One of the programs at the Learning Exchange is English Conversation. This program aims not only to develop the conversational proficiency of language learners but also to provide them with opportunities to gain confidence and leadership skills. The program is divided into four levels of English language proficiency and is led by community and university volunteers.

The learners are typically allowed to take one English language class per week during a 10-week session. English as an Additional Language (EAL) conversation groups meet for 75-minute sessions once a week for ten weeks to discuss a range of topics chosen by the program coordinator and student staff. These topics include cultural holidays, Canadian traditions and customs, popular culture, famous people, internationally famous places, etc. Additionally, there is free reading material that could be interesting for adult EAL learners, such as the West Coast Reader and Canadian Immigrant available for all learners of the program to read at the centre or take home. During each session, learners use various worksheets with a short text and follow-up questions that guide their conversations. The role of the facilitator in the class is to use the worksheet as a starting point for their class and to encourage learners to speak as much as they can. Facilitators are encouraged to choose topics that they think could be interesting to learners in their group; some of the more experienced facilitators bring their own worksheets or use the reading material provided by the centre in their classes.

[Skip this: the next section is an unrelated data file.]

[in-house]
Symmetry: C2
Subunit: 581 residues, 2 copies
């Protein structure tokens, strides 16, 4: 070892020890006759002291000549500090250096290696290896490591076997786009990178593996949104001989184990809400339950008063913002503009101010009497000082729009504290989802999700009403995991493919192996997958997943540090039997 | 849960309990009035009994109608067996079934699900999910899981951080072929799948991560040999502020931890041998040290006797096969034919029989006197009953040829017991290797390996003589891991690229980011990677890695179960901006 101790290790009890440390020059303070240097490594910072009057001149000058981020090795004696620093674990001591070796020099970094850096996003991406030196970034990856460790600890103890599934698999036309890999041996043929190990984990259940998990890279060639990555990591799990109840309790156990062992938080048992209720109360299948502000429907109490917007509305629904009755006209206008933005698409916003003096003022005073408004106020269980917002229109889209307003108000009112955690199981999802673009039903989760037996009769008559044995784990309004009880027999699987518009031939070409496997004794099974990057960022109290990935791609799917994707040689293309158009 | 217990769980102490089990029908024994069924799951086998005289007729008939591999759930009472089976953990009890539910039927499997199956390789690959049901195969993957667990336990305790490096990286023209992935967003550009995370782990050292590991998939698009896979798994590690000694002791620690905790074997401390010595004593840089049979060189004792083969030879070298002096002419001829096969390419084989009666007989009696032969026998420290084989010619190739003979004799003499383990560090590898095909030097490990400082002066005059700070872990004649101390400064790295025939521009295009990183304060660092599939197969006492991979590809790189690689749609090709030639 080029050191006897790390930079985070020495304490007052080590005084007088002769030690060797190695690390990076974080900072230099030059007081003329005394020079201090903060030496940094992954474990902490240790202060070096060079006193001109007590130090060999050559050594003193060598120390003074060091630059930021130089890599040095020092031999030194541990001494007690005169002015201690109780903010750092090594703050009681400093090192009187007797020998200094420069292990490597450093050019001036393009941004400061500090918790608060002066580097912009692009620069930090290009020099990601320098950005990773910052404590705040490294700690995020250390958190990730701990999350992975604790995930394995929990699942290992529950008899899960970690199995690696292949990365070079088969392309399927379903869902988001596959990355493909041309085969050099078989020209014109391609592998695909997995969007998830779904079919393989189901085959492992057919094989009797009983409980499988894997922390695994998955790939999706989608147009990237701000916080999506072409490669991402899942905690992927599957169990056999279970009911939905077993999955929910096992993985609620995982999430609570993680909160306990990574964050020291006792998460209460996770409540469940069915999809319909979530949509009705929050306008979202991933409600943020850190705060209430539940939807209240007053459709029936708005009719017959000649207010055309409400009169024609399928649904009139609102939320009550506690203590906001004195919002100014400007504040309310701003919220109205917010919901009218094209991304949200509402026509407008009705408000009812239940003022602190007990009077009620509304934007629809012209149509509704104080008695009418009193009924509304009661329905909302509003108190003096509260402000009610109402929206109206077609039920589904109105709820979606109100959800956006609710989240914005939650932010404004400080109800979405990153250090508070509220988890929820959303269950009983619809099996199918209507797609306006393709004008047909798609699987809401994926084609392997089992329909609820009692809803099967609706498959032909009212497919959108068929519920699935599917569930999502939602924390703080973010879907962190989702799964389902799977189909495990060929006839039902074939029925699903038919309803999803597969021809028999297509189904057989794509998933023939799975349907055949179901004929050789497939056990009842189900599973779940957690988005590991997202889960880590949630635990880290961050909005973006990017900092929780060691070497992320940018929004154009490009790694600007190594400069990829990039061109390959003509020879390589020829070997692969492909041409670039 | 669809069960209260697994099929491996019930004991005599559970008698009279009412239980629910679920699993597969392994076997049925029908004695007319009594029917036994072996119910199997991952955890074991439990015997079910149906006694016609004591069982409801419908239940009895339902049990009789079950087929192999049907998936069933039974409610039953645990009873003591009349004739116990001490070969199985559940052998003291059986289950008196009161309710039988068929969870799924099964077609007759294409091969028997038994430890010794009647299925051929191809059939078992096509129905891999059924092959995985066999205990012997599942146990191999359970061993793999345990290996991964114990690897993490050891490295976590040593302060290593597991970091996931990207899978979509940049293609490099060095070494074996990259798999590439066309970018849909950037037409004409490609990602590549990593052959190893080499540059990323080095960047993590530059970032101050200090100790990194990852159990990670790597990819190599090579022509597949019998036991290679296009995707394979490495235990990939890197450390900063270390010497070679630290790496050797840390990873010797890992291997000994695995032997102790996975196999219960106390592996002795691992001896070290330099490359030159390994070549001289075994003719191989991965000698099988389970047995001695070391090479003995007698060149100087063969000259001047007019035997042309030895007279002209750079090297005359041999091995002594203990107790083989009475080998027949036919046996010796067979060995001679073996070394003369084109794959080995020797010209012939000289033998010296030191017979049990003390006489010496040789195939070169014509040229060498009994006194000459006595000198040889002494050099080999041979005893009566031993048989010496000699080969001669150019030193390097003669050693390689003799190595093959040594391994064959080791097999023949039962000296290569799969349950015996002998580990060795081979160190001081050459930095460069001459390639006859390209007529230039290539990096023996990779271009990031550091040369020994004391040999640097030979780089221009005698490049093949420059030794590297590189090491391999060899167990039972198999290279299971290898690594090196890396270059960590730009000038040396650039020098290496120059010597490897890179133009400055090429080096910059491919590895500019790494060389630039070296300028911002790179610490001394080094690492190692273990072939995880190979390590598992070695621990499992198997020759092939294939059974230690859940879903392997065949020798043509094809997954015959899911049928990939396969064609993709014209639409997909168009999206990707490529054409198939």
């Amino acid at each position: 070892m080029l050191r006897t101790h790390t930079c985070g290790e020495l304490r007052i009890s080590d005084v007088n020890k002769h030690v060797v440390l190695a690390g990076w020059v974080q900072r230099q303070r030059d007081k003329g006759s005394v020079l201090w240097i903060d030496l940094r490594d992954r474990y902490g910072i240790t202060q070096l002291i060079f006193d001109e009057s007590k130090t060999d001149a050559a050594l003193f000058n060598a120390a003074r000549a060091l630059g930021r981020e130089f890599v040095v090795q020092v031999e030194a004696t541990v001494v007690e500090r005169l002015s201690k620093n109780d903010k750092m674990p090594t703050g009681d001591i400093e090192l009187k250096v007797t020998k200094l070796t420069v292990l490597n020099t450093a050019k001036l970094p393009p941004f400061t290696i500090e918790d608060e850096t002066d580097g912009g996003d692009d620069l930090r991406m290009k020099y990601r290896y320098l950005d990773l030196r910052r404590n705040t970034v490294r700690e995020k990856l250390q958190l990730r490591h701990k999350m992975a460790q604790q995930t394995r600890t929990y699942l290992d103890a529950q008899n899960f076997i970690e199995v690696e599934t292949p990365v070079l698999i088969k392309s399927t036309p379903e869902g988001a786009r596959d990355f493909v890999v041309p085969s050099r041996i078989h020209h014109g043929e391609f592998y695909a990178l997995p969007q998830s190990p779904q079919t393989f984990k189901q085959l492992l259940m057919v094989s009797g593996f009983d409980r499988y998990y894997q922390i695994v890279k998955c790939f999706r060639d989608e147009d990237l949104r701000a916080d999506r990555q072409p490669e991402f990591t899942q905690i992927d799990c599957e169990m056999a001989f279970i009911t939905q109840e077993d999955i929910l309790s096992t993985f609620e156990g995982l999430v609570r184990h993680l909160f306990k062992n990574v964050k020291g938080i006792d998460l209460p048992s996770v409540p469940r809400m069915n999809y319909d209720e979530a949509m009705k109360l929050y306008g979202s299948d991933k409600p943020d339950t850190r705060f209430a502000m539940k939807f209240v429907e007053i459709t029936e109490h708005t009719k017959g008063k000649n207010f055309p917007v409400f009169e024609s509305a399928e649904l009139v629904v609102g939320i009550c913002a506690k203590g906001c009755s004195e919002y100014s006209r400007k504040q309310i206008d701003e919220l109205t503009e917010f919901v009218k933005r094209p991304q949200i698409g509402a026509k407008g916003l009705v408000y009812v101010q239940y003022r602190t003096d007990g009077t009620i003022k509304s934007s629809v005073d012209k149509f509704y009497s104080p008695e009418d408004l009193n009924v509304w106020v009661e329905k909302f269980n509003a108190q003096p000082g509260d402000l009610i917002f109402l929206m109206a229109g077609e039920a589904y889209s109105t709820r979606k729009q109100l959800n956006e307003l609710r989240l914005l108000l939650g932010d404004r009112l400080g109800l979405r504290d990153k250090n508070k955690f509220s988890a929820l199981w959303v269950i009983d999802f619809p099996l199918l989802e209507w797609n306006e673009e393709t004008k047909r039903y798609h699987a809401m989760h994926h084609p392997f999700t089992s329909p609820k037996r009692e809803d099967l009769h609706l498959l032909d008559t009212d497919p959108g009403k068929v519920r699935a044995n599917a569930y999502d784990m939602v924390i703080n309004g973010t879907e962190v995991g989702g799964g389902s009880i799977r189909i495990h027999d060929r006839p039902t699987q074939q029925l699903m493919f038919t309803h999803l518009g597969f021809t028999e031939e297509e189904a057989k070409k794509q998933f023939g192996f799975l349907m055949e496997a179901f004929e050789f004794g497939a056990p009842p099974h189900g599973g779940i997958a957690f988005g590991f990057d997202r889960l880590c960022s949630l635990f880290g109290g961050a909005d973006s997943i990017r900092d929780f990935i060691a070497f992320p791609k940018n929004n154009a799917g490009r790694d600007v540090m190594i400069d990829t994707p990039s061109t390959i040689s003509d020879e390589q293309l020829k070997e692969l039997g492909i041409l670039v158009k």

All learners are free to use Learning Exchange resources such as free access to computers and Wi-Fi or attend free workshops for learning computer skills. They can also spend time at the centre having coffee or tea, reading, or socializing with other language learners and other patrons of the centre.